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Ephesus, The Ancient Library of Celsus


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Roman Ruins in Turkey
Ancient Library of Celsus in Ephesus, Turkey

Ancient Library of Celsus in Ephesus, Turkey

Photo © Louis-Laurent Grandadam/Getty Images
In the land that is now Turkey, a wide marble road slopes down to one of the largest libraries of the ancient world. Between 12,000 and 15,000 scrolls were housed in the grand Library of Celsus in the Roman city, Ephesus.

Designed by the Roman architect Vitruoya, the library was built in memory of Celsus Polemeanus, who was a Roman senator, General Governor of the Province of Asia, and a great lover of books. Celsus' son, Julius Aquila, began the construction in 110 AD. The library was completed by Julius Aquila's successors in 135 AD.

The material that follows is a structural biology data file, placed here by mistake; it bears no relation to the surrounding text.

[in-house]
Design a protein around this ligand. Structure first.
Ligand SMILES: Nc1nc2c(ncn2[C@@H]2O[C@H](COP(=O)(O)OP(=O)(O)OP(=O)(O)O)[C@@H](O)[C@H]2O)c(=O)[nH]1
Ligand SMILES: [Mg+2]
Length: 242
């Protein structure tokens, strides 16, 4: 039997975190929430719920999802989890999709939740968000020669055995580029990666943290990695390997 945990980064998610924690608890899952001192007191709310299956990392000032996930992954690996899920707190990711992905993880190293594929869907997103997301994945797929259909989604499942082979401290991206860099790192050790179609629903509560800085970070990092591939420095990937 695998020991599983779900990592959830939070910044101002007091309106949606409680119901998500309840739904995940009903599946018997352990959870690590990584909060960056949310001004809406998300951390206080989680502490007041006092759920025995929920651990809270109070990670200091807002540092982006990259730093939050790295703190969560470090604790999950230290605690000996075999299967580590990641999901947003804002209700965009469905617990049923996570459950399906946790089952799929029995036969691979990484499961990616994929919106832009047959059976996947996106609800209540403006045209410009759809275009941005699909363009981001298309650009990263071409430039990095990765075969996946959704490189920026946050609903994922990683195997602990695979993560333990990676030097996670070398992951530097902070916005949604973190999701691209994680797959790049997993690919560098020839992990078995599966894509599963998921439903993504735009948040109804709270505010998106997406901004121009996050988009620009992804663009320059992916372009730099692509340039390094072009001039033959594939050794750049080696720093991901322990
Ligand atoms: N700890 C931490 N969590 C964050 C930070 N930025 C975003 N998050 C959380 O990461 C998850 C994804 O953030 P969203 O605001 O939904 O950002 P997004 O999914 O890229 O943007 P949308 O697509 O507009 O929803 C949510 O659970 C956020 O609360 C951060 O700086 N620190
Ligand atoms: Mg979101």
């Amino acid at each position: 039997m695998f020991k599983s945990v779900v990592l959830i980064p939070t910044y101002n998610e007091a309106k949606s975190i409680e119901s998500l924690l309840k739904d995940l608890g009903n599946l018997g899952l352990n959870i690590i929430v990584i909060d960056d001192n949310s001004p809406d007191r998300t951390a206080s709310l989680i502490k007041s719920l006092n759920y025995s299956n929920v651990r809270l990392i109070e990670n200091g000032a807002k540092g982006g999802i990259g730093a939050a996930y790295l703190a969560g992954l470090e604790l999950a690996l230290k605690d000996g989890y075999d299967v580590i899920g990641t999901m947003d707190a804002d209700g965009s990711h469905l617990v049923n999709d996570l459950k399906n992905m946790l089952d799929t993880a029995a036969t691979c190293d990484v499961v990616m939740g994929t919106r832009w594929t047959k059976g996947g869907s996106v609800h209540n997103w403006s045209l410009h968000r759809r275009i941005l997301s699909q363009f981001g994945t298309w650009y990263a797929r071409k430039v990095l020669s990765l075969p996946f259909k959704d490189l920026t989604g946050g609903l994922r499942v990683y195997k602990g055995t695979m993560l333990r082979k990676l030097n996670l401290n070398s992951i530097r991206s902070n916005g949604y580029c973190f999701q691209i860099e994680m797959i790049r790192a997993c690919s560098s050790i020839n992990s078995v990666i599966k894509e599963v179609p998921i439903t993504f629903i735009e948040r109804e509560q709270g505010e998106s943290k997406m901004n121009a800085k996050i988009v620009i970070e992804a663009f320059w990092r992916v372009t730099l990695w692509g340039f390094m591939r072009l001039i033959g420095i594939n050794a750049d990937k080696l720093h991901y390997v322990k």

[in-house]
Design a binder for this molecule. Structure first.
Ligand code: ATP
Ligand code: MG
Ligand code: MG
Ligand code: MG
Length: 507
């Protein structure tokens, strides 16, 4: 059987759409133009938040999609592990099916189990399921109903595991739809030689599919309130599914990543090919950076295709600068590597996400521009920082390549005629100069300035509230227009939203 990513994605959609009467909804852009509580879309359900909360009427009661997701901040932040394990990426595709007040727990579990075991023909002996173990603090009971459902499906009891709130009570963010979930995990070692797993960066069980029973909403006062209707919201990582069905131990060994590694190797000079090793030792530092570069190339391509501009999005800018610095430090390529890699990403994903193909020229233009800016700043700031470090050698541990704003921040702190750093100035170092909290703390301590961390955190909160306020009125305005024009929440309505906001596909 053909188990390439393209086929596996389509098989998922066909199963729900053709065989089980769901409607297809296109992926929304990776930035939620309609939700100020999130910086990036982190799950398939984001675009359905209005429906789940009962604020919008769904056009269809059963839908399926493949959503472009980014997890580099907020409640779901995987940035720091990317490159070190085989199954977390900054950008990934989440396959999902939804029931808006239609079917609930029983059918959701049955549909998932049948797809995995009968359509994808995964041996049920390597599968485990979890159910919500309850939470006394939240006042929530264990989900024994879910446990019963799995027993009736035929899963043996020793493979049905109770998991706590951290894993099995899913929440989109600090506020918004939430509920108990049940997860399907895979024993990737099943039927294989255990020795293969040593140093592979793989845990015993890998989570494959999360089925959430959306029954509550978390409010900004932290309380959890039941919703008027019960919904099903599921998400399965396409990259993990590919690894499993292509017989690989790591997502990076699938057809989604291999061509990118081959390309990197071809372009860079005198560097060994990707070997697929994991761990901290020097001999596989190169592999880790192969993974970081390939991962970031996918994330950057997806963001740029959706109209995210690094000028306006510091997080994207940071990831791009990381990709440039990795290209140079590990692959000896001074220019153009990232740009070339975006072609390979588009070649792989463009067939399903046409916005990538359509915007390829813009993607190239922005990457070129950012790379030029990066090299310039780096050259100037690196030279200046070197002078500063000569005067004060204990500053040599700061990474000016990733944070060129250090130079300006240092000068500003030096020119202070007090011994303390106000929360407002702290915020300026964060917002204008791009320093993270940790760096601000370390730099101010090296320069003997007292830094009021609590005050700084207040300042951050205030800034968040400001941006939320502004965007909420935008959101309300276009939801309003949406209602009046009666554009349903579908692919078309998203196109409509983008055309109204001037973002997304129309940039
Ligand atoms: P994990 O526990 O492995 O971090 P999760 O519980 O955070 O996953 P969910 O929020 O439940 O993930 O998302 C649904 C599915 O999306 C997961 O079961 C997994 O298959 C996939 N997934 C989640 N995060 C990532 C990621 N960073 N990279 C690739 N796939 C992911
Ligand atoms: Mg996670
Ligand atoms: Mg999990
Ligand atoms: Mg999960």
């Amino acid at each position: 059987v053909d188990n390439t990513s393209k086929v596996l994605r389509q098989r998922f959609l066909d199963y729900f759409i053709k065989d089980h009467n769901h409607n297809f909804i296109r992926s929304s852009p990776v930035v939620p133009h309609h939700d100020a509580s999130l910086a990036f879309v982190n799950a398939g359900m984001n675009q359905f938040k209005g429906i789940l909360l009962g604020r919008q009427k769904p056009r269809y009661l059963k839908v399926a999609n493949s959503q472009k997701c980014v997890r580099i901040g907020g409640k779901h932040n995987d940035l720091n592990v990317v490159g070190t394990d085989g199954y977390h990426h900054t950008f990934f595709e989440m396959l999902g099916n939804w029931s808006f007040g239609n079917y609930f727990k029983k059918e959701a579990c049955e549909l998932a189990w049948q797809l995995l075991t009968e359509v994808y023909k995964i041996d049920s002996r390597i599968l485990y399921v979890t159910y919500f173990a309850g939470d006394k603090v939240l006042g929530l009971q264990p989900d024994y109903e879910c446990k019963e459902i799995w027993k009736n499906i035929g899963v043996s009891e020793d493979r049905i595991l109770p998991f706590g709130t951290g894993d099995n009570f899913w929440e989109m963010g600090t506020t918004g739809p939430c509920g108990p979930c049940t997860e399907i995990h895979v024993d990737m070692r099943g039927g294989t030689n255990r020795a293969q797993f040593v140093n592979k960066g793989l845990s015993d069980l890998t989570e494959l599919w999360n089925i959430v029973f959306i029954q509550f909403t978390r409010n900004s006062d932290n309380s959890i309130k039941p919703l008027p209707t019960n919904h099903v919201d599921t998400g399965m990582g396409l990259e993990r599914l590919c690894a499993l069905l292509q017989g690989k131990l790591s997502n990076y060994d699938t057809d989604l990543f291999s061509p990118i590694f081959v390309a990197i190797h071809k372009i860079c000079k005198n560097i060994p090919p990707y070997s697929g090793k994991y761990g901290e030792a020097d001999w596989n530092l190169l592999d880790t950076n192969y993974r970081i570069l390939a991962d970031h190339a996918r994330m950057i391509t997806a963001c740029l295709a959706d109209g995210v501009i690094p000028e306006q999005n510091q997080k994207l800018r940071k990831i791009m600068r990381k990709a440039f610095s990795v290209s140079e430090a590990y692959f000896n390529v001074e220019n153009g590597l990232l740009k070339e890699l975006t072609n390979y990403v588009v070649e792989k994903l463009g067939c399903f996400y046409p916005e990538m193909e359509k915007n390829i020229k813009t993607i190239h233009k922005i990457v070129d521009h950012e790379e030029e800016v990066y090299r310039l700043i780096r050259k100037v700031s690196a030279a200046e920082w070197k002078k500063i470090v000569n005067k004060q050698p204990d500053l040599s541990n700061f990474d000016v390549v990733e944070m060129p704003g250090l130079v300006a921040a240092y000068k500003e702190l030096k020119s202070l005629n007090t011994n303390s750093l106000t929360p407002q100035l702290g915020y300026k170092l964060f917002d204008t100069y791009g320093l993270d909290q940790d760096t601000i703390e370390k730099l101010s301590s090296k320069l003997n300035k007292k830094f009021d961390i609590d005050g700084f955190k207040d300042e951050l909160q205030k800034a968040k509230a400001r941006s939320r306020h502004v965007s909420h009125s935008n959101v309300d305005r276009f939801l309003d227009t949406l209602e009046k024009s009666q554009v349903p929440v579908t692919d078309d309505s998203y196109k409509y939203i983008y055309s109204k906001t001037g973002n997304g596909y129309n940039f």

Celsus was buried beneath the ground floor in a lead container inside a marble tomb. A corridor behind the north wall leads to the vault.

The Library of Celsus was remarkable not only for its size and its beauty, but also for its clever and efficient design.

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